Trump and the Vésubie River


Donald Trump is not the first head of state to be stricken by COVID-19, especially among those who have taken it lightly. This little flu, this fake news crafted just to annoy him, this Chinese invention that should have miraculously disappeared this past summer, has caused more than 200,000 deaths in the United States, without his seeming to care that much.

But the man who refused to wear a mask has been caught by the pandemic patrol. It is no longer a question of his country’s health status, but of a much more important issue: his reelection. The whole world is riveted on his hospital bed, wondering how the election campaign will turn out with what we hope is a temporarily incapacitated presidential candidate.

At the same time in France, Storm Alex devastated part of the Nice hinterland, leaving in its wake unimaginable damage and many casualties before continuing on its murderous course in Italy. Elsewhere still, California is on fire, Jakarta is sinking below sea level and young Sahelians no longer know what rain looks like.

What does that have to do with anything? The Trump-style COVID-19 crisis can be seen as a metaphor for the climate change crisis. There was no lack of scientific warning signs, the diagnosis was quickly made and solutions proposed. But blindness or personal interests, political calculations and economic realities have obscured the danger and made it impossible to see reality.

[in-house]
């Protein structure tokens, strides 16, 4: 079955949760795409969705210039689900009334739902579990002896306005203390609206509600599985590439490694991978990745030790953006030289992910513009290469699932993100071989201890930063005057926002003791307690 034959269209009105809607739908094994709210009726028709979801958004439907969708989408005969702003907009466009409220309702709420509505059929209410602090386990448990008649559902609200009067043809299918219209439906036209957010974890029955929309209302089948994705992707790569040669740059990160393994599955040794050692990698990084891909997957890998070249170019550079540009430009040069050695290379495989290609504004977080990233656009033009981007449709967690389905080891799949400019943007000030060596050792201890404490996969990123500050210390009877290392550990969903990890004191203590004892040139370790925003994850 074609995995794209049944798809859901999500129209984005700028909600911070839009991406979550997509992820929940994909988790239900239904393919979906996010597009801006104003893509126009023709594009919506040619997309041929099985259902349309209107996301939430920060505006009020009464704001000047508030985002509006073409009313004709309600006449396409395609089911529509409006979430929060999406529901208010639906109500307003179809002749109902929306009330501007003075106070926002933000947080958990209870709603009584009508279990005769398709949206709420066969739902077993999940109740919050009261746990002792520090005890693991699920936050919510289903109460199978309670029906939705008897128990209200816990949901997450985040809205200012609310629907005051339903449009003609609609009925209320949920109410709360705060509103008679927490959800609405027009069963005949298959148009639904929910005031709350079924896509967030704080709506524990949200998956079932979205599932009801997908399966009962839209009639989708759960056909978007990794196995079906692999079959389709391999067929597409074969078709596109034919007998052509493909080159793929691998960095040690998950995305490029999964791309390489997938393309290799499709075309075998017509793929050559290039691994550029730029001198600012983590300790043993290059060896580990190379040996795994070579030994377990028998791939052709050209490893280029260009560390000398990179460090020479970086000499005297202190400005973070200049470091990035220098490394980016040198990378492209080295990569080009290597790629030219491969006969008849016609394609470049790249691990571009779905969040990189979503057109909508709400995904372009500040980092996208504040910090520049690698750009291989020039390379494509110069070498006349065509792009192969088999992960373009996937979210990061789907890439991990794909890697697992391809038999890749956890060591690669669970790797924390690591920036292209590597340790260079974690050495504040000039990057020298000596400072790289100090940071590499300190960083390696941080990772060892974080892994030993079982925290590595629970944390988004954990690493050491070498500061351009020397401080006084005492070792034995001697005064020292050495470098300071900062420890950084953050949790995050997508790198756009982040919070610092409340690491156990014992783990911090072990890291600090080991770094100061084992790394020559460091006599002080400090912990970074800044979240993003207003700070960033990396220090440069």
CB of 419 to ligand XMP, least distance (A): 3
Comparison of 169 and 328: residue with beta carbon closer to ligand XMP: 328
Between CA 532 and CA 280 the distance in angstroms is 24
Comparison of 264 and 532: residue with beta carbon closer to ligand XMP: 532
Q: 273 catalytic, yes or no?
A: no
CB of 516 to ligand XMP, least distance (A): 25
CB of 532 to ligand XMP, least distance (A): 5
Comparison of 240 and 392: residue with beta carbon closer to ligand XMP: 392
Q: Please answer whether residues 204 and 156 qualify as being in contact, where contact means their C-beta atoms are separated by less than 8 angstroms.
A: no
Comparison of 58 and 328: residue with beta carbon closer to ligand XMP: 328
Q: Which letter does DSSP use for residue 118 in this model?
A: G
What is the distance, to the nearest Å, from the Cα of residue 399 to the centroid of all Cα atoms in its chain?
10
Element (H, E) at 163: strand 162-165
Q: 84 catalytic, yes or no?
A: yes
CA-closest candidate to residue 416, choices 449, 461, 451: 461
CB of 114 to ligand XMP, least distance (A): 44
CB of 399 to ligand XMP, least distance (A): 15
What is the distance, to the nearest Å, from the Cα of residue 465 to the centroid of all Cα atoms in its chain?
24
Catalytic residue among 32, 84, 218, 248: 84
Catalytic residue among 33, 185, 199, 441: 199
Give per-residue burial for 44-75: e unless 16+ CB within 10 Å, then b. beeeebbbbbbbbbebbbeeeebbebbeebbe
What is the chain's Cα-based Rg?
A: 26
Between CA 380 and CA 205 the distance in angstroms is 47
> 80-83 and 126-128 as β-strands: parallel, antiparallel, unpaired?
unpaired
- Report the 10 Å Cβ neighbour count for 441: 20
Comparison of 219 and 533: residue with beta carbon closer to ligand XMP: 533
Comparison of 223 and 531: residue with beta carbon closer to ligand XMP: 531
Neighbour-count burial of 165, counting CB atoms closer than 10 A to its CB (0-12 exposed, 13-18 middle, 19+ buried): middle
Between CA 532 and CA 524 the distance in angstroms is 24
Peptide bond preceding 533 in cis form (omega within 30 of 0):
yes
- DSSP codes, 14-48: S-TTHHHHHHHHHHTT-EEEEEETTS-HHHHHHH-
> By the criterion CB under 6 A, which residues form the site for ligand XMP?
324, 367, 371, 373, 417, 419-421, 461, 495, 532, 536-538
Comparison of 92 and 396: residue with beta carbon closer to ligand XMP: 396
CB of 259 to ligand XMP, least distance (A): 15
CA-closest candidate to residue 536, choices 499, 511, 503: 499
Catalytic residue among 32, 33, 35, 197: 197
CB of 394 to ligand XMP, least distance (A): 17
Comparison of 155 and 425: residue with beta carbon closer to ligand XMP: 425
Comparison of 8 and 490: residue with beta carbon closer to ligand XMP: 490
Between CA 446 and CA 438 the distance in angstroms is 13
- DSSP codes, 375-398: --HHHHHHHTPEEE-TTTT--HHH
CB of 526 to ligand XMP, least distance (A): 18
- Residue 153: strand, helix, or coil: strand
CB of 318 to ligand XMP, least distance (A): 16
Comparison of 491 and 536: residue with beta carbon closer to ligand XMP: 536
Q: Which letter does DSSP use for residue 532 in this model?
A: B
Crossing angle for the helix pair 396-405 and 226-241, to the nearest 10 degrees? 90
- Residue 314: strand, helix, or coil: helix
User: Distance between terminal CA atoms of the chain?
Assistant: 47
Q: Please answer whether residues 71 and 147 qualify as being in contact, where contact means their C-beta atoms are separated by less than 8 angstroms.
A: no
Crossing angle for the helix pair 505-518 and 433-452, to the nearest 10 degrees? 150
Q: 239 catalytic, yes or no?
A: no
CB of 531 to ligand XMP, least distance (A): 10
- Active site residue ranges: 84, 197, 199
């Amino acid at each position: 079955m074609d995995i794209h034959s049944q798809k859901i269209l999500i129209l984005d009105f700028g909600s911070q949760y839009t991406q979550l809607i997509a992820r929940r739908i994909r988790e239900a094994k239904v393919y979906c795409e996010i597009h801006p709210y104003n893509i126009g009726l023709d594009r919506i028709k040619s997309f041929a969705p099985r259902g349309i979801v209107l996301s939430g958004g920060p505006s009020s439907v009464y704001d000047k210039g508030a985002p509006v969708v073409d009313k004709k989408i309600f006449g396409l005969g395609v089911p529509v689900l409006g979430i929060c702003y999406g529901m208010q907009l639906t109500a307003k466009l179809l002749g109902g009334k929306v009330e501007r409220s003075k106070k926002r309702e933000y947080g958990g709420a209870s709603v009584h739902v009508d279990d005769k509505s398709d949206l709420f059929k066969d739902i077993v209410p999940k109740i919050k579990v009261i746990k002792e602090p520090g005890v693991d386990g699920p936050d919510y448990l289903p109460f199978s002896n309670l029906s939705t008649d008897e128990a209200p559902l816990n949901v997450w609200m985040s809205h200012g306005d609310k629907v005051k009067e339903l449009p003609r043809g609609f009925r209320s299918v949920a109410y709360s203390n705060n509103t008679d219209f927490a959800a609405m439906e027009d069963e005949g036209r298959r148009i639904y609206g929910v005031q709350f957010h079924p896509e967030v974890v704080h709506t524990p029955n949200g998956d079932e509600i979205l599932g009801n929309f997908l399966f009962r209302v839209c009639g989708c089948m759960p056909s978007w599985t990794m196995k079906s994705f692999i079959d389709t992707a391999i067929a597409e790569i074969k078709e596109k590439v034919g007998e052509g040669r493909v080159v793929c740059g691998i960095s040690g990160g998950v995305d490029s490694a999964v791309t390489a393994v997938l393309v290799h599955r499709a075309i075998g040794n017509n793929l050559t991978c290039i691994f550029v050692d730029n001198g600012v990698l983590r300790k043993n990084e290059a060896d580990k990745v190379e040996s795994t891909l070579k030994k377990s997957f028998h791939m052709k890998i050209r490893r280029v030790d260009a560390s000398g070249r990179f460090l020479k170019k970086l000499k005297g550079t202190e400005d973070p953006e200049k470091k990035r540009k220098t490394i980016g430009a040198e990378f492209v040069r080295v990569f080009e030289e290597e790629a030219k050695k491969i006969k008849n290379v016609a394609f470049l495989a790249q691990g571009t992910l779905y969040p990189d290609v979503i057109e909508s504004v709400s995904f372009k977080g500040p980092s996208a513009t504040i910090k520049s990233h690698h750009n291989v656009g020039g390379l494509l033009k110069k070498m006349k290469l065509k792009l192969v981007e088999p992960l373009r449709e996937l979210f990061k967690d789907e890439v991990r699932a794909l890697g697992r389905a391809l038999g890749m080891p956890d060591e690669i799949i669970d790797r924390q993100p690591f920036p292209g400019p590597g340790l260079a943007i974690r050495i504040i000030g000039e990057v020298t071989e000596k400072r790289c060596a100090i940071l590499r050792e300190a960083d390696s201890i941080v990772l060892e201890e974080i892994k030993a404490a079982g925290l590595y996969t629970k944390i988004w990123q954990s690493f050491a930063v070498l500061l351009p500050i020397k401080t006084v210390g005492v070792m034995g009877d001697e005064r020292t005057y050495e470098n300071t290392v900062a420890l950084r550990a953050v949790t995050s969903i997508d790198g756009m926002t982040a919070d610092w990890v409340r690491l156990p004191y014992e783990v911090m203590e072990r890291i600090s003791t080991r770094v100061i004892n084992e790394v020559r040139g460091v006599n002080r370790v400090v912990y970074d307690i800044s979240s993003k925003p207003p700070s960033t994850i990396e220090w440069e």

Trump’s denial of health issues matches that of climate skeptics, his scientific-religious “intuitions” answer the mirages of those who see humanity’s salvation in exoplanets.

Unfortunately, the virus moves faster than vaccine research, and disasters proceed more quickly than intergalactic rockets. And it’s only when they affect us personally that we can measure the time that is lost. This is as true for Trump as it is for the victims of the Vésubie,* except that the latter could do nothing to prevent it.

*Translator’s note: The Vésubie is a river in the southeast of France, near the city of Nice, which recently was the source of massive flooding in the region due to Storm Alex.

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About Mia Combeau 13 Articles
As both a French and American citizen with a foot in both worlds, I find the interplay and exchange of ideas not only interesting, but absolutely essential in an ever more connected world. I'm glad to have the opportunity to translate for Watching America because I believe that a global perspective is precisely what the world at large needs, not only at this particular moment in history, but always.

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